The faint G ring and its newfound tiny moonlet, S/2008 S 1
Photojournal: PIA11467
Published: April 9, 2009

The faint G ring surrounding Saturn offers up a glimpse of its newfound tiny moonlet.

The moonlet is near the center of this image. A long exposure of 46 seconds was required to capture the light from this tiny object and G ring, so the moonlet and a few stars have been smeared by motion, the stars showing up as short diagonal dashes. The moonlet has also been smeared and appears to be a short vertical dash that is aligned with the ring.

In August 2008 Cassini scientists spotted this moonlet, dubbed S/2008 S 1. It orbits in an arc, or partial ring, within the G ring. Imaging team scientists estimated the moonlet's diameter at about half a kilometer (one-third mile). For earlier images of this moonlet, see Tiny Moonlet Within G Ring Arc.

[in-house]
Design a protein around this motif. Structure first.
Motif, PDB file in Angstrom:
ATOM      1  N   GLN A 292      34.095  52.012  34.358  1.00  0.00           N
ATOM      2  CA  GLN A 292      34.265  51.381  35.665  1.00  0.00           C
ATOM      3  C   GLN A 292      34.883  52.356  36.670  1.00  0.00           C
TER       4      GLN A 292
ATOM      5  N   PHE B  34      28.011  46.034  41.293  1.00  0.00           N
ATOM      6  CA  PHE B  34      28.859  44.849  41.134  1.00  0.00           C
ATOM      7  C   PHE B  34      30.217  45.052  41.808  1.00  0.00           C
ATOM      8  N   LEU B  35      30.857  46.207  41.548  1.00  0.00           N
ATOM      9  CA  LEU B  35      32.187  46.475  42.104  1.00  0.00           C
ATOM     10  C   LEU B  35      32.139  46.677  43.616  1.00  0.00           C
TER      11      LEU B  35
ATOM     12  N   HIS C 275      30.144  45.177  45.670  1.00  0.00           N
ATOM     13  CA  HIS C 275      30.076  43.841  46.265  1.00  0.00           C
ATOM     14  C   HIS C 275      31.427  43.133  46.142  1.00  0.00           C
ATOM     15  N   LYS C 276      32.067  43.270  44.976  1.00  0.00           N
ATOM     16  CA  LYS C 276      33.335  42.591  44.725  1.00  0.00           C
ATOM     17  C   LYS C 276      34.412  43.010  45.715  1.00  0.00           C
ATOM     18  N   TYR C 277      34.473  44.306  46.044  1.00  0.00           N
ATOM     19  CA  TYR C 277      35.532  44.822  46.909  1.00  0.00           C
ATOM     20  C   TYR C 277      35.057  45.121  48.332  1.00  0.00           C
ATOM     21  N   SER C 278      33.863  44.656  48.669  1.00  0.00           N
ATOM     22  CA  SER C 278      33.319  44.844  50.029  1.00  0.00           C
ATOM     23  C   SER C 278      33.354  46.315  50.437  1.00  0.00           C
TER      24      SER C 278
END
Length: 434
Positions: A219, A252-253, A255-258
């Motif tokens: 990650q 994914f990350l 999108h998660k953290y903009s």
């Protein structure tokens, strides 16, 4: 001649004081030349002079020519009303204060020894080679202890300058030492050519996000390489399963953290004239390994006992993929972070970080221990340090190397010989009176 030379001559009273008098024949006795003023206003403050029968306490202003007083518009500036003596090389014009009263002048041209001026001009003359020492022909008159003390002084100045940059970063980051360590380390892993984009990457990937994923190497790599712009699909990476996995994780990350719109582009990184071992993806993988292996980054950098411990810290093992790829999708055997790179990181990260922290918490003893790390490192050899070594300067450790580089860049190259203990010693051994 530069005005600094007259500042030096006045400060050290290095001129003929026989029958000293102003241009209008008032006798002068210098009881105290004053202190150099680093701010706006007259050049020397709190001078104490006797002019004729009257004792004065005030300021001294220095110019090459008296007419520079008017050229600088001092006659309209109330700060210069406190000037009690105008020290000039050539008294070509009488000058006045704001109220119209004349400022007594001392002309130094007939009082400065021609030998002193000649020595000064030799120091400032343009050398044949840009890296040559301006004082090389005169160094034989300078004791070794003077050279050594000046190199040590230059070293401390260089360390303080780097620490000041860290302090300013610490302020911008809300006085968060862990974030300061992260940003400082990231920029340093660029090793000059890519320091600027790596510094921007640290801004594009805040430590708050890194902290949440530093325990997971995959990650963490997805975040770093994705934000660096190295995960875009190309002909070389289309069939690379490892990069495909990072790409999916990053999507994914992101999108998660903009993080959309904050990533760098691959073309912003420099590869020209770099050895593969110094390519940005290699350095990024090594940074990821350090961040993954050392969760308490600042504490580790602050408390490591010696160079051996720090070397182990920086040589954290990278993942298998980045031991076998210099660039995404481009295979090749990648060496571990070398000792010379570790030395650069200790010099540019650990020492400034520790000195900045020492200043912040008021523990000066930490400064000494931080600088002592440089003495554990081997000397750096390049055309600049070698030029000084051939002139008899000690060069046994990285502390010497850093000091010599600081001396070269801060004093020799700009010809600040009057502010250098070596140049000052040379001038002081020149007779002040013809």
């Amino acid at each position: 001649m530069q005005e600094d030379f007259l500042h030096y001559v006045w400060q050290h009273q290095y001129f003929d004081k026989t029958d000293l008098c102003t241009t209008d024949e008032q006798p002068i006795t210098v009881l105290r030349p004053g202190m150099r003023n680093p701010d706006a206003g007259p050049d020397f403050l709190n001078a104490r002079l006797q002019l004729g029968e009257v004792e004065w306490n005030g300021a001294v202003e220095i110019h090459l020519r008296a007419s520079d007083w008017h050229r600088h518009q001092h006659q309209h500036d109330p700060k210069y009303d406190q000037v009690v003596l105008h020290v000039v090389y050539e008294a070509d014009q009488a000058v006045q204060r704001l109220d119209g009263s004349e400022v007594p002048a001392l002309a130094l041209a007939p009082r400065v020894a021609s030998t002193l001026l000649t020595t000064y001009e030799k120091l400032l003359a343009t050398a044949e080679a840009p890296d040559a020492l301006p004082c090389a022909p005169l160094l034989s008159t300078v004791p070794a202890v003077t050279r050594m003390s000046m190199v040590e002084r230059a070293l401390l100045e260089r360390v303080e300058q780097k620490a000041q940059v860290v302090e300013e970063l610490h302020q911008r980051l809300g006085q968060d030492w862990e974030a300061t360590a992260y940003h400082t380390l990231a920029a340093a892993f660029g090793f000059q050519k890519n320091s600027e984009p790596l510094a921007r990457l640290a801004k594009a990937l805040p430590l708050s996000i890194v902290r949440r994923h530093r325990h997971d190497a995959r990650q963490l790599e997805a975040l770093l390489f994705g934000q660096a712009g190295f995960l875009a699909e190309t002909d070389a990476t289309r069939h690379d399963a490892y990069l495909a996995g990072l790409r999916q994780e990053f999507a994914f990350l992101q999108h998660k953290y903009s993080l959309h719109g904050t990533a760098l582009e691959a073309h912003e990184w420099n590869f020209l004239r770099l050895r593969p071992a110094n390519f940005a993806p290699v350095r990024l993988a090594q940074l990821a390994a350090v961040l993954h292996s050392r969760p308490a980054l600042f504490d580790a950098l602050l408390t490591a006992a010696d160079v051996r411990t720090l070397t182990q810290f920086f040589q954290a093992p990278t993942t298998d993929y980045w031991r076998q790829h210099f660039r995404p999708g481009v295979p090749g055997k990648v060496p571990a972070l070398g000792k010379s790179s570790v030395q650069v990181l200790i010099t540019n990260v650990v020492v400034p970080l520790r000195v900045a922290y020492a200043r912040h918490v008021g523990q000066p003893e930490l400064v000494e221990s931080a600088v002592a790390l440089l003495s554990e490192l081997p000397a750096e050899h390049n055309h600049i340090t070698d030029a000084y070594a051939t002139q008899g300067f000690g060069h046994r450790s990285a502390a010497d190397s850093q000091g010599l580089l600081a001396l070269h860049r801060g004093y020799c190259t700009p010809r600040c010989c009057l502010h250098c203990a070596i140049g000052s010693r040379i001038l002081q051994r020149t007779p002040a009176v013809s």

This view looks toward the unilluminated side of the rings from about 14 degrees above the ringplane. The image was taken in visible light with the Cassini spacecraft narrow-angle camera on Feb. 20, 2009. The view was acquired at a distance of approximately 1.2 million kilometers (746,000 miles) from Saturn. Image scale is 7 kilometers (4 miles) per pixel.

The Cassini-Huygens mission is a cooperative project of NASA, the European Space Agency and the Italian Space Agency. The Jet Propulsion Laboratory, a division of the California Institute of Technology in Pasadena, manages the mission for NASA's Science Mission Directorate, Washington, D.C. The Cassini orbiter and its two onboard cameras were designed, developed and assembled at JPL. The imaging operations center is based at the Space Science Institute in Boulder, Colo.

For more information about the Cassini-Huygens mission visit . The Cassini imaging team homepage is at .

Credit: NASA/JPL/Space Science Institute


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